Facing disputes during business is quite normal, and there are many options that you might have to deal with to settle these matters. However, there are two options that you can consider while dealing with these matters. The first one is to deal with the issue by taking it to court; the second is to handle the case through arbitration.
Arbitration defined: Arbitration is a private process where the conflict is resolved by hiring a mutual arbitrator. This arbitrator is a neutral third party that both the parties agree on to be binding decision-makers. The arbitrator’s decision is considered to be binding, and hence both parties must agree to it.
Arbitration vs. Litigation
Litigation is taking a problem or dispute to court. The court will hear both sides, and the case will be presented before the judges. After hearing both sides, the judge would come up with a suitable decision to resolve the issue.
Arbitration also involves having a third party resolve the issue. However, unlike litigation, the arbitration process is private, and both parties come up with an agreement on it. The arbitrator is a neutral third party who listens to both parties, and their decision is rendered as binding.
Differences between Arbitration and Litigation:
The most significant difference between Arbitration and Litigation is the court. There are obviously many other differences as well but handling matters in and out of court is the biggest difference. Since Litigation is handled in court, it involves many strict laws and statutes that are meant to govern these court proceedings. On the other hand, since Arbitration is handled out of court it is more of an informal process. Being an informal process makes it much faster than a court process that can involve many hearings before a final decision is made. Though unlike court, getting both parties to agree on arbitration is a problem. For a third party to act as an arbitrator, both parties should agree on the contract for them to act as an arbitrator.
This is the basic difference between the two, however there are some other differences as well.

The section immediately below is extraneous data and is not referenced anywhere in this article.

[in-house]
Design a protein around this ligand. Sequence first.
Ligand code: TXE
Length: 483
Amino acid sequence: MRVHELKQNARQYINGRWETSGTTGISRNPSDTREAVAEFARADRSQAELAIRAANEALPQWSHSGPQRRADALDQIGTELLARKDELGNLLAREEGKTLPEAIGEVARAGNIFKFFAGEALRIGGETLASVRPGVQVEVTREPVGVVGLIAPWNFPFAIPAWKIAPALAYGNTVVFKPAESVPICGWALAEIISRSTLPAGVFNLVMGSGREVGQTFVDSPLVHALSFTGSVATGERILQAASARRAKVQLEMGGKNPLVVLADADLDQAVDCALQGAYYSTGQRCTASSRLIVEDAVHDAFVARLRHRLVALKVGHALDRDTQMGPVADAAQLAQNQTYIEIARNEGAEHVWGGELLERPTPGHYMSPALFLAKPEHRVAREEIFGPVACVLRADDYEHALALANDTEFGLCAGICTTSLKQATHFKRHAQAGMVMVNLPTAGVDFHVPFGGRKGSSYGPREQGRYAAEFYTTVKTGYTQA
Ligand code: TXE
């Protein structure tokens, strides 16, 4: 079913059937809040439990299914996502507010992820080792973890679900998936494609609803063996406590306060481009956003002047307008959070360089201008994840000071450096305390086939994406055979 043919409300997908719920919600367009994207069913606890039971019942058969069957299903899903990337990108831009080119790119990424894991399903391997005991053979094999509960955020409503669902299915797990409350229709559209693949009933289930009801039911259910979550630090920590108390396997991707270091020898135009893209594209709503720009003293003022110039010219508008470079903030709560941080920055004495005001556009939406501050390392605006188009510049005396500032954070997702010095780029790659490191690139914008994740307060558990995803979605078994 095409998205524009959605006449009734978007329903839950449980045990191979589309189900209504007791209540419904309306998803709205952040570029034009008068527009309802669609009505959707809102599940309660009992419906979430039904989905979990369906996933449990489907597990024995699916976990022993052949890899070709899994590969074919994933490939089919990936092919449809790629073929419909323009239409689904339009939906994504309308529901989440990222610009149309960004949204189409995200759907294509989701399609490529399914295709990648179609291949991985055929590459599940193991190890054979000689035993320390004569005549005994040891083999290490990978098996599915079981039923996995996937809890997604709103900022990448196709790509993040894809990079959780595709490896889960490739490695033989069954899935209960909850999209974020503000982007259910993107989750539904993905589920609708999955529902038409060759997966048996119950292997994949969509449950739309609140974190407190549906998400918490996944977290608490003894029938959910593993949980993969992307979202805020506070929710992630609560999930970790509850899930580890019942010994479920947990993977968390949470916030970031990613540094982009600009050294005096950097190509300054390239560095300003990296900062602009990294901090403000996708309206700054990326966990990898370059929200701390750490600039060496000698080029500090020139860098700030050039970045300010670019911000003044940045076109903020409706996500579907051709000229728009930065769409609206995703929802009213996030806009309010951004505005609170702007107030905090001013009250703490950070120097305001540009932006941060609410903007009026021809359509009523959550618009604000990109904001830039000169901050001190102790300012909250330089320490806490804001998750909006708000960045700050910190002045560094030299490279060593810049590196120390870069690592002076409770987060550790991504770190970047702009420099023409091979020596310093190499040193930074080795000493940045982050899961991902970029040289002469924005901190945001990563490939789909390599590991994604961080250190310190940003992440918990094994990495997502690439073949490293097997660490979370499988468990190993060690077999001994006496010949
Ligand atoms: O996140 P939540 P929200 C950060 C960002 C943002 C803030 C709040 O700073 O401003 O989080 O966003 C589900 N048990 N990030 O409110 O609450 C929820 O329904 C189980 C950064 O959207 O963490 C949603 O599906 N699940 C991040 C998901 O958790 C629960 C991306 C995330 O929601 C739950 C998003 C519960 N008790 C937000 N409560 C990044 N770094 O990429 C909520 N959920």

- Litigation is a legal process involving the court resolving a dispute. While an arbitration used a neutral third party to study the case and make a binding decision at an informal level.
- Litigation is a general procedure, and there are many Rules and Procedures involved in governing the whole process. Arbitration is comparatively confidential and private, and it allows the parties to keep their matter away from the public and resolve their dispute confidentially.
- Litigation is time-consuming, considering many criteria need to be met for the court to make a final decision. On the other hand, arbitration has a speedier resolution viewing the parties simply agreeing on the arbitrator’s decision.
- Litigation allows the parties to apply for an appeal again if there is some error in the trial. The arbitrator’s decision is generally binding and cannot be re-appealed for other than in some circumstances.
- Litigation compels both parties to participate in court proceedings. Arbitration can only happen with the consent of both parties. If both parties are not in agreement for arbitration on a personal level, then one or the other party could apply for Litigation.
- In Litigation, the court-appointed the judge, and neither of the parties has any say in it. However, in arbitration, the parties can choose the arbitrator and agree on it. This can be someone directly related to their field of law.
- Litigation is generally more costly than Arbitration. Since the court cases are time taking, they might make more money. On the other hand, arbitration is carried out in a time-compressed setup. Therefore, the process is faster. However, both parties still may carry the costs asked for by the arbitrator.
Both arbitration and Litigation have their setups and requirements. While considering the resolution method, factors like time and money need to be considered thoroughly. Mediation is also a method that can be considered; it is slightly different from arbitration as it is simple negotiation. Therefore, whatever process is considered for conflict resolution must be weighed for its pros and cons.